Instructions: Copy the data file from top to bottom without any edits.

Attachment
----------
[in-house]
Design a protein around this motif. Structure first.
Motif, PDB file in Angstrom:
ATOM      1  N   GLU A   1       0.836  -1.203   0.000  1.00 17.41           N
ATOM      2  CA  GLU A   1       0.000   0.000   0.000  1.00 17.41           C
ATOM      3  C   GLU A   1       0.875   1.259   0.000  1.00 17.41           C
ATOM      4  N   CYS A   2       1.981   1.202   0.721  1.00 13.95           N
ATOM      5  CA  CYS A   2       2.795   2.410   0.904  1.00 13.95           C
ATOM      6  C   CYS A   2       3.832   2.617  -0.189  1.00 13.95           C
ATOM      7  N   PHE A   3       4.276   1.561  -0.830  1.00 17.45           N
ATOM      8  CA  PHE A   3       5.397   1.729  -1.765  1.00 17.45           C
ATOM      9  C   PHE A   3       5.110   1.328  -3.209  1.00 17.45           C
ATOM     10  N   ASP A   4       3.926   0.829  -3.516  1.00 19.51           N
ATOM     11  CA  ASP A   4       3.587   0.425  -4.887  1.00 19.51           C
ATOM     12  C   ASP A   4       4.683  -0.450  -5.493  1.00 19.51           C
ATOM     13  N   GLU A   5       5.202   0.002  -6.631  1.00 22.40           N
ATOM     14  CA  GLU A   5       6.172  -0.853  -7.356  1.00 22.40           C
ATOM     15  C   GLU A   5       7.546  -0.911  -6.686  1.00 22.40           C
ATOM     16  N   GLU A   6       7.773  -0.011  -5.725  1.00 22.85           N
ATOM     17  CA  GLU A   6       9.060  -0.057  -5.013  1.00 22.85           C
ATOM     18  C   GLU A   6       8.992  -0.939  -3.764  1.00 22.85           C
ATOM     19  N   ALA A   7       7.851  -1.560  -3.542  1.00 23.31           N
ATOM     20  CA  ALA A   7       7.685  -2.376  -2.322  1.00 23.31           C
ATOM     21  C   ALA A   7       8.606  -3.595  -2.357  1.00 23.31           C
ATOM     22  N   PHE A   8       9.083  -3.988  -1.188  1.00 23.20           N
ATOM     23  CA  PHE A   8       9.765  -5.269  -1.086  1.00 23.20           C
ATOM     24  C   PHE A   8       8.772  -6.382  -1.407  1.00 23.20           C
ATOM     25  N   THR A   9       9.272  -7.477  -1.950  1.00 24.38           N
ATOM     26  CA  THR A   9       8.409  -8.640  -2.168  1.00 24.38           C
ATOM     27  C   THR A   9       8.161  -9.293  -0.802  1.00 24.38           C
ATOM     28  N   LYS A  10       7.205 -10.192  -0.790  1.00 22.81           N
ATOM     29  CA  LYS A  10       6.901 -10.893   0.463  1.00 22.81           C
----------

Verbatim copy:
[in-house]
Design a protein around this motif. Structure first.
Motif, PDB file in Angstrom:
ATOM      1  N   GLU A   1       0.836  -1.203   0.000  1.00 17.41           N
ATOM      2  CA  GLU A   1       0.000   0.000   0.000  1.00 17.41           C
ATOM      3  C   GLU A   1       0.875   1.259   0.000  1.00 17.41           C
ATOM      4  N   CYS A   2       1.981   1.202   0.721  1.00 13.95           N
ATOM      5  CA  CYS A   2       2.795   2.410   0.904  1.00 13.95           C
ATOM      6  C   CYS A   2       3.832   2.617  -0.189  1.00 13.95           C
ATOM      7  N   PHE A   3       4.276   1.561  -0.830  1.00 17.45           N
ATOM      8  CA  PHE A   3       5.397   1.729  -1.765  1.00 17.45           C
ATOM      9  C   PHE A   3       5.110   1.328  -3.209  1.00 17.45           C
ATOM     10  N   ASP A   4       3.926   0.829  -3.516  1.00 19.51           N
ATOM     11  CA  ASP A   4       3.587   0.425  -4.887  1.00 19.51           C
ATOM     12  C   ASP A   4       4.683  -0.450  -5.493  1.00 19.51           C
ATOM     13  N   GLU A   5       5.202   0.002  -6.631  1.00 22.40           N
ATOM     14  CA  GLU A   5       6.172  -0.853  -7.356  1.00 22.40           C
ATOM     15  C   GLU A   5       7.546  -0.911  -6.686  1.00 22.40           C
ATOM     16  N   GLU A   6       7.773  -0.011  -5.725  1.00 22.85           N
ATOM     17  CA  GLU A   6       9.060  -0.057  -5.013  1.00 22.85           C
ATOM     18  C   GLU A   6       8.992  -0.939  -3.764  1.00 22.85           C
ATOM     19  N   ALA A   7       7.851  -1.560  -3.542  1.00 23.31           N
ATOM     20  CA  ALA A   7       7.685  -2.376  -2.322  1.00 23.31           C
ATOM     21  C   ALA A   7       8.606  -3.595  -2.357  1.00 23.31           C
ATOM     22  N   PHE A   8       9.083  -3.988  -1.188  1.00 23.20           N
ATOM     23  CA  PHE A   8       9.765  -5.269  -1.086  1.00 23.20           C
ATOM     24  C   PHE A   8       8.772  -6.382  -1.407  1.00 23.20           C
ATOM     25  N   THR A   9       9.272  -7.477  -1.950  1.00 24.38           N
ATOM     26  CA  THR A   9       8.409  -8.640  -2.168  1.00 24.38           C
ATOM     27  C   THR A   9       8.161  -9.293  -0.802  1.00 24.38           C
ATOM     28  N   LYS A  10       7.205 -10.192  -0.790  1.00 22.81           N
ATOM     29  CA  LYS A  10       6.901 -10.893   0.463  1.00 22.81           C